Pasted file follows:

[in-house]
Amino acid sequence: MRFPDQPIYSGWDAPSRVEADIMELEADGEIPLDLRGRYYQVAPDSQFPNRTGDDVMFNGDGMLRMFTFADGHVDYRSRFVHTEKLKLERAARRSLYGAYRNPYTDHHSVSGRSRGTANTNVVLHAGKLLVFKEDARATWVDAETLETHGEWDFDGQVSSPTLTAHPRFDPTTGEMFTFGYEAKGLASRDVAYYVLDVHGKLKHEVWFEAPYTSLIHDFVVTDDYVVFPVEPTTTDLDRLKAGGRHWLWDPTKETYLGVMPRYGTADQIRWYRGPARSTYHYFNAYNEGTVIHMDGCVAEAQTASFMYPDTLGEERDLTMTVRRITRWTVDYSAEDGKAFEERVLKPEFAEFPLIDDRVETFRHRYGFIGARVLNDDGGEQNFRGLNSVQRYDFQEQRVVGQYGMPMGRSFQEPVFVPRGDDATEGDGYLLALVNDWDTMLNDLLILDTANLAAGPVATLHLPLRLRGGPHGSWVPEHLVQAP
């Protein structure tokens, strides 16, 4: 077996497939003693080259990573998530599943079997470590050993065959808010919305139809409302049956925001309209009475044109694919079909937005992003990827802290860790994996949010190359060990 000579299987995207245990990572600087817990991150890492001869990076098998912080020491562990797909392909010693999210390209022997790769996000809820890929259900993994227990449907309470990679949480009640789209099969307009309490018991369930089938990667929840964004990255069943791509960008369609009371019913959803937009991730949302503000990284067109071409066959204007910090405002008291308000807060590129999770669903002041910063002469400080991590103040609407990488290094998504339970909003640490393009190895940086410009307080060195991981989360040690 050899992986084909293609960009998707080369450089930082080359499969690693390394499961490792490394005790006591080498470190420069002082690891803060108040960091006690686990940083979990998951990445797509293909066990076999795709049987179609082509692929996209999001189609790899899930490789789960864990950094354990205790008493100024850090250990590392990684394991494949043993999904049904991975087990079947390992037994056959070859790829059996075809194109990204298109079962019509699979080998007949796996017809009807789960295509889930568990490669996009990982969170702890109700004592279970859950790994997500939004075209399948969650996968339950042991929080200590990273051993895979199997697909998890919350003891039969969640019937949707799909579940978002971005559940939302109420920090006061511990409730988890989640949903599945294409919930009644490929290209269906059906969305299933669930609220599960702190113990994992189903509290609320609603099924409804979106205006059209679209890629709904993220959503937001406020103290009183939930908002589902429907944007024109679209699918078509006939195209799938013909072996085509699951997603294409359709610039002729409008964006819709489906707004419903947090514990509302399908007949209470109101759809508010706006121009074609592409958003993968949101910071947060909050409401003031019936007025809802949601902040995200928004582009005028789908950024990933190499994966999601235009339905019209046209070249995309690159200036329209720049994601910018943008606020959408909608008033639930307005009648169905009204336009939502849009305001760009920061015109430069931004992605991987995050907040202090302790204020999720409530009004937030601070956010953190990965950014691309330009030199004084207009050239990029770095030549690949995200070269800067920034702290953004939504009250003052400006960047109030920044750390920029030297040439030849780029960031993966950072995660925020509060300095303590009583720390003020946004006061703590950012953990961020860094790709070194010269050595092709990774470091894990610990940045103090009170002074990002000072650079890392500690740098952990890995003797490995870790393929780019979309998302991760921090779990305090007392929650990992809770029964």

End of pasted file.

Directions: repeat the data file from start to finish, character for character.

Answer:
[in-house]
Amino acid sequence: MRFPDQPIYSGWDAPSRVEADIMELEADGEIPLDLRGRYYQVAPDSQFPNRTGDDVMFNGDGMLRMFTFADGHVDYRSRFVHTEKLKLERAARRSLYGAYRNPYTDHHSVSGRSRGTANTNVVLHAGKLLVFKEDARATWVDAETLETHGEWDFDGQVSSPTLTAHPRFDPTTGEMFTFGYEAKGLASRDVAYYVLDVHGKLKHEVWFEAPYTSLIHDFVVTDDYVVFPVEPTTTDLDRLKAGGRHWLWDPTKETYLGVMPRYGTADQIRWYRGPARSTYHYFNAYNEGTVIHMDGCVAEAQTASFMYPDTLGEERDLTMTVRRITRWTVDYSAEDGKAFEERVLKPEFAEFPLIDDRVETFRHRYGFIGARVLNDDGGEQNFRGLNSVQRYDFQEQRVVGQYGMPMGRSFQEPVFVPRGDDATEGDGYLLALVNDWDTMLNDLLILDTANLAAGPVATLHLPLRLRGGPHGSWVPEHLVQAP
């Protein structure tokens, strides 16, 4: 077996497939003693080259990573998530599943079997470590050993065959808010919305139809409302049956925001309209009475044109694919079909937005992003990827802290860790994996949010190359060990 000579299987995207245990990572600087817990991150890492001869990076098998912080020491562990797909392909010693999210390209022997790769996000809820890929259900993994227990449907309470990679949480009640789209099969307009309490018991369930089938990667929840964004990255069943791509960008369609009371019913959803937009991730949302503000990284067109071409066959204007910090405002008291308000807060590129999770669903002041910063002469400080991590103040609407990488290094998504339970909003640490393009190895940086410009307080060195991981989360040690 050899992986084909293609960009998707080369450089930082080359499969690693390394499961490792490394005790006591080498470190420069002082690891803060108040960091006690686990940083979990998951990445797509293909066990076999795709049987179609082509692929996209999001189609790899899930490789789960864990950094354990205790008493100024850090250990590392990684394991494949043993999904049904991975087990079947390992037994056959070859790829059996075809194109990204298109079962019509699979080998007949796996017809009807789960295509889930568990490669996009990982969170702890109700004592279970859950790994997500939004075209399948969650996968339950042991929080200590990273051993895979199997697909998890919350003891039969969640019937949707799909579940978002971005559940939302109420920090006061511990409730988890989640949903599945294409919930009644490929290209269906059906969305299933669930609220599960702190113990994992189903509290609320609603099924409804979106205006059209679209890629709904993220959503937001406020103290009183939930908002589902429907944007024109679209699918078509006939195209799938013909072996085509699951997603294409359709610039002729409008964006819709489906707004419903947090514990509302399908007949209470109101759809508010706006121009074609592409958003993968949101910071947060909050409401003031019936007025809802949601902040995200928004582009005028789908950024990933190499994966999601235009339905019209046209070249995309690159200036329209720049994601910018943008606020959408909608008033639930307005009648169905009204336009939502849009305001760009920061015109430069931004992605991987995050907040202090302790204020999720409530009004937030601070956010953190990965950014691309330009030199004084207009050239990029770095030549690949995200070269800067920034702290953004939504009250003052400006960047109030920044750390920029030297040439030849780029960031993966950072995660925020509060300095303590009583720390003020946004006061703590950012953990961020860094790709070194010269050595092709990774470091894990610990940045103090009170002074990002000072650079890392500690740098952990890995003797490995870790393929780019979309998302991760921090779990305090007392929650990992809770029964």